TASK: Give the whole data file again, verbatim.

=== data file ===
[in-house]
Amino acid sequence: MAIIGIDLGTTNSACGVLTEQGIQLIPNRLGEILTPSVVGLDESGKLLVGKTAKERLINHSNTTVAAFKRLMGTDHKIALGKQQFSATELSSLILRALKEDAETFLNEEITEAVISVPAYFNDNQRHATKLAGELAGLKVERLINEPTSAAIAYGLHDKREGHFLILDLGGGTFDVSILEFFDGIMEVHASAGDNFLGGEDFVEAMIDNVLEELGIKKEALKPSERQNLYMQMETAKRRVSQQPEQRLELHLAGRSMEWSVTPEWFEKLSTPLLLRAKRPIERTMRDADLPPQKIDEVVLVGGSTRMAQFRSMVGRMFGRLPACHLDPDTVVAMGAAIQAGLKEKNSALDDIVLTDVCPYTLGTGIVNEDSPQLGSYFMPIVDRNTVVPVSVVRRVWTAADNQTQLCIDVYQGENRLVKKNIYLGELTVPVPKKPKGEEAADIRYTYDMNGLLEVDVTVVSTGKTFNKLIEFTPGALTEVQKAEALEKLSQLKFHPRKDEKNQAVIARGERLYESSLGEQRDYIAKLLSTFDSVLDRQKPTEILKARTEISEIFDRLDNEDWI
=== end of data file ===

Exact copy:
[in-house]
Amino acid sequence: MAIIGIDLGTTNSACGVLTEQGIQLIPNRLGEILTPSVVGLDESGKLLVGKTAKERLINHSNTTVAAFKRLMGTDHKIALGKQQFSATELSSLILRALKEDAETFLNEEITEAVISVPAYFNDNQRHATKLAGELAGLKVERLINEPTSAAIAYGLHDKREGHFLILDLGGGTFDVSILEFFDGIMEVHASAGDNFLGGEDFVEAMIDNVLEELGIKKEALKPSERQNLYMQMETAKRRVSQQPEQRLELHLAGRSMEWSVTPEWFEKLSTPLLLRAKRPIERTMRDADLPPQKIDEVVLVGGSTRMAQFRSMVGRMFGRLPACHLDPDTVVAMGAAIQAGLKEKNSALDDIVLTDVCPYTLGTGIVNEDSPQLGSYFMPIVDRNTVVPVSVVRRVWTAADNQTQLCIDVYQGENRLVKKNIYLGELTVPVPKKPKGEEAADIRYTYDMNGLLEVDVTVVSTGKTFNKLIEFTPGALTEVQKAEALEKLSQLKFHPRKDEKNQAVIARGERLYESSLGEQRDYIAKLLSTFDSVLDRQKPTEILKARTEISEIFDRLDNEDWI